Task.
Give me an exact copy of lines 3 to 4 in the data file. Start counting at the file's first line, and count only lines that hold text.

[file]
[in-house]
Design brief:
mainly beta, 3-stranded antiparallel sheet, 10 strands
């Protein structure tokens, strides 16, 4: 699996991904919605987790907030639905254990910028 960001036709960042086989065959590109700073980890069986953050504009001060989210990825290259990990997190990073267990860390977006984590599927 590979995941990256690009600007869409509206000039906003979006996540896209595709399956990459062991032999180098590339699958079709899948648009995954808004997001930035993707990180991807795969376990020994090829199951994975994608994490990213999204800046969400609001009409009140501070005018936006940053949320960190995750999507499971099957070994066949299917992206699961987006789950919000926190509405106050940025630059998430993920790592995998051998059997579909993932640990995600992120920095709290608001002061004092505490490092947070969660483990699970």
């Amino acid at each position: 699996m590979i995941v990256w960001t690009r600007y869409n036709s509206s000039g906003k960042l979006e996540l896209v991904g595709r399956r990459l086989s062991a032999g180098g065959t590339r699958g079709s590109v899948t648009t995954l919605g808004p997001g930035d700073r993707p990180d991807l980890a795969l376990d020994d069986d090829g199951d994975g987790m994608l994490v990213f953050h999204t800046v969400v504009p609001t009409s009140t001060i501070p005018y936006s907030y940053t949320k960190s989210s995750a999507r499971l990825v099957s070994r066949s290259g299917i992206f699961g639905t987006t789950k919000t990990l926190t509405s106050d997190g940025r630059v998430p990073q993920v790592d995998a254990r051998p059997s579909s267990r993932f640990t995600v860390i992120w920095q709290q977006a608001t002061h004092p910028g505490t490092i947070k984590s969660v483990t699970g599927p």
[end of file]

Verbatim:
mainly beta, 3-stranded antiparallel sheet, 10 strands
């Protein structure tokens, strides 16, 4: 699996991904919605987790907030639905254990910028 960001036709960042086989065959590109700073980890069986953050504009001060989210990825290259990990997190990073267990860390977006984590599927 590979995941990256690009600007869409509206000039906003979006996540896209595709399956990459062991032999180098590339699958079709899948648009995954808004997001930035993707990180991807795969376990020994090829199951994975994608994490990213999204800046969400609001009409009140501070005018936006940053949320960190995750999507499971099957070994066949299917992206699961987006789950919000926190509405106050940025630059998430993920790592995998051998059997579909993932640990995600992120920095709290608001002061004092505490490092947070969660483990699970």